Spirituals Choose Chanting

Unison Arts Center hosts sacred chanting services twice a month.
Unison Arts Center hosts sacred chanting services twice a month.

A sacred chanting service, combined with sound healing, singing bowls, gongs, poetry and music continue to be held at Unison Arts Center in New Paltz twice a month.

This sacred chanting services are led by three spiritual teachers: Joseph Jastrab, senior teacher and lead facilitator for the Hero’s Journey Foundation; Amy McTear, a spiritual counselor and sound healer; and Dahlia Bartz- Cabe, Montgomery resident,  meditation counselor and sacred songwriter.

The services have been held for about three years now, according to Bartz-Cabe.

“About three years ago Unison contacted Amy and Joseph and approached them to see if they were interested,” Bartz-Cabe said.  “Before I got involved more it was kind of like a round robin.”

Bartz-Cabe originally attended the chants before she started leading them and about a year and a half ago, she said she spoke to McTear and Jastrab and asked to help. Now they practice together the weekend before the chanting service and although each leader might not always be at every chanting service, at least two leaders usually attend.

“We try to work around if someone has to be out of town, the other two have to take over but we like it best when all three are there,” Bartz-Cabe said.

The current leaders like to include special guest musicians and vocalists in addition to encouraging group participation. According to McTear, some of the other artists involved are flautist David Levy, electric bassist Bruce Schneider, vocalist Dona Ho Lightsey, Adam Bradley on didgeridoo, Steve Gorn (who plays bansuri bamboo flute) and drummers Ami Fixler and Janet Gardner.

McTear said many of the chants they use now are Hindu because of Yoga’s popularity, but they also incorporate African American, Sufi, Islamic, African, Christian and Guatemalan chants. They create a lot of original chants as well, by taking basic phrases from different traditions and making their own melodies.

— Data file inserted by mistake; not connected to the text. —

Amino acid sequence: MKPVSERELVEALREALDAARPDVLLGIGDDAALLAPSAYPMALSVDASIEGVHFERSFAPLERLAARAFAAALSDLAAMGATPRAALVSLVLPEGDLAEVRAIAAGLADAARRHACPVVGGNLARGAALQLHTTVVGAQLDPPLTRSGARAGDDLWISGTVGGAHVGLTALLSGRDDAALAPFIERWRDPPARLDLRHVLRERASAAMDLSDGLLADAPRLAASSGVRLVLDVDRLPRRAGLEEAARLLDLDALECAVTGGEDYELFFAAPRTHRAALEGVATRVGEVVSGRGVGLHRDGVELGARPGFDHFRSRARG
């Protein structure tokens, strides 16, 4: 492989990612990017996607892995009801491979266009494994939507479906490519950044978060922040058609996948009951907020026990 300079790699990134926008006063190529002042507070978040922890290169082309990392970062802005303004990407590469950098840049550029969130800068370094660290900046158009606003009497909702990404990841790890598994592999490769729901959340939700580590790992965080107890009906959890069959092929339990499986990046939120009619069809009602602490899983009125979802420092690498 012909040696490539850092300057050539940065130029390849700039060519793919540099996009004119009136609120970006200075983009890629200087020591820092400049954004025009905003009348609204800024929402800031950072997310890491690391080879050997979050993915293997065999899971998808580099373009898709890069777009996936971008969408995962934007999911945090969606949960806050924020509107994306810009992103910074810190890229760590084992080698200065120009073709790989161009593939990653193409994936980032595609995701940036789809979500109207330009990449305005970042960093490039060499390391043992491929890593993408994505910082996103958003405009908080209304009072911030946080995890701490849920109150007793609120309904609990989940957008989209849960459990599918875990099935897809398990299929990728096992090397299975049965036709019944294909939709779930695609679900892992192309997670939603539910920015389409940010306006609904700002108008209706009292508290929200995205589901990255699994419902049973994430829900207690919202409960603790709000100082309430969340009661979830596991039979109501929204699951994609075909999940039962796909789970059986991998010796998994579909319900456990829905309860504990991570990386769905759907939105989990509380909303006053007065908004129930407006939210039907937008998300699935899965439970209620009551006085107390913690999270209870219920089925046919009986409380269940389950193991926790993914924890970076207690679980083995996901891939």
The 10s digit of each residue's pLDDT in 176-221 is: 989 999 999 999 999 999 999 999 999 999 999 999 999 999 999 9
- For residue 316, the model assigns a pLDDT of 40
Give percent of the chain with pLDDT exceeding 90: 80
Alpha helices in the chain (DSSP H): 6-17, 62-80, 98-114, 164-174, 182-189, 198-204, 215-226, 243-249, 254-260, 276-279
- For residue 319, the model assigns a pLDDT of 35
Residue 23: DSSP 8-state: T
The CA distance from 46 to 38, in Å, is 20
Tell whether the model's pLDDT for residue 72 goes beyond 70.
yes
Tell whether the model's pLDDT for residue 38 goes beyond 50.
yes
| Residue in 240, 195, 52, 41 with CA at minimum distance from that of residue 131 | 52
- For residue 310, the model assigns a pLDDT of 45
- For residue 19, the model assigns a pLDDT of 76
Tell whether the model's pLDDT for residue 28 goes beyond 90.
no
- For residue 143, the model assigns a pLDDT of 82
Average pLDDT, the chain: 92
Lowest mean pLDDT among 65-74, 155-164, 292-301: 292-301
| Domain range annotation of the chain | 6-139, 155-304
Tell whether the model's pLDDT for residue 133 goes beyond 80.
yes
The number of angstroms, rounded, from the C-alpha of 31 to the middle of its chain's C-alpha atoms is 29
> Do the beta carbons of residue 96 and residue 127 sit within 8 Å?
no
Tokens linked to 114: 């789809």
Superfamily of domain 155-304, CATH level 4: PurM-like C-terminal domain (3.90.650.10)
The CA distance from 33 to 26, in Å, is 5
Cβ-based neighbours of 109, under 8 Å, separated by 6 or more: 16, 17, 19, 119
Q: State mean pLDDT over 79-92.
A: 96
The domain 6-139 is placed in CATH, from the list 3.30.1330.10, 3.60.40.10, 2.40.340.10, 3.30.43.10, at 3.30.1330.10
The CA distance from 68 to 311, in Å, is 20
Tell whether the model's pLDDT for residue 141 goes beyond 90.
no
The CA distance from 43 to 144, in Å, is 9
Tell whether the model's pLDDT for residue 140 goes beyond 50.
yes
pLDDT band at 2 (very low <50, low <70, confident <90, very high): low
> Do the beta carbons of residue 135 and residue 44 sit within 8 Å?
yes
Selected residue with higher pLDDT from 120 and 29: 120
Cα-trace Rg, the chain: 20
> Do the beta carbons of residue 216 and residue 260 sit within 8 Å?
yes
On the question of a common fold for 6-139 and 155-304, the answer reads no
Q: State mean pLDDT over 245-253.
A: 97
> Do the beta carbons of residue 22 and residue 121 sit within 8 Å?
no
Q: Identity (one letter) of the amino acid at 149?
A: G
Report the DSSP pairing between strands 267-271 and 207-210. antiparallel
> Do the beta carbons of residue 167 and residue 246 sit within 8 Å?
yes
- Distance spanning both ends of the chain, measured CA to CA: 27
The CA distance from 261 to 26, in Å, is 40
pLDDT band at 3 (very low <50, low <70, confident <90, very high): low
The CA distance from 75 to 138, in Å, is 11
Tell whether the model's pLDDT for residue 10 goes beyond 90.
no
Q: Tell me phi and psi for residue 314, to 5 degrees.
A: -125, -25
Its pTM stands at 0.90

“We draw from as many world traditions as we want to at any given time. It’s universally spiritual and not related to one denomination or religion,” McTear said. “We like to begin with chants and poetry from different world traditions and spiritual tradition.”

Bartz- Cabe said playing music and singing together is an important part of her spiritual practice. She feels that singing and chanting together is a fairly common practice but to do so with a diverse religious base is very satisfying and unique.

“Chanting and singing things from different religions is my personal way of fostering religious diversity,” Bartz-Cabe said. “Religions very often divide rather than unite, and that’s a tragedy. Religious division has caused so much tragedy in the world bringing unity not diversity.”

McTear feels that this is a great gathering that addresses wellness and togetherness.

“Chanting is a sacred unity within and with other,” McTear said.

According to Carol Robins, executive director at Unison Arts Center, the services last for an hour and a half and start at 10:30 a.m. Unison welcomes people from different backgrounds and religions, and about 30 people attend each chanting service.

Chanting services are offered every second and fourth Sunday of each month with a requested donation of $10, but no one is turned away for inability to pay, said Robins.

More information about the service can be found www.unisonarts.org.

Bartz-Cabe, McTear, and Jastrab also work in conjunction with Karuna Teresa Foudriat facilitating monthly “Dances of Universal Peace” in New Paltz, which are Sufi in origin, the mystical sect of Islam.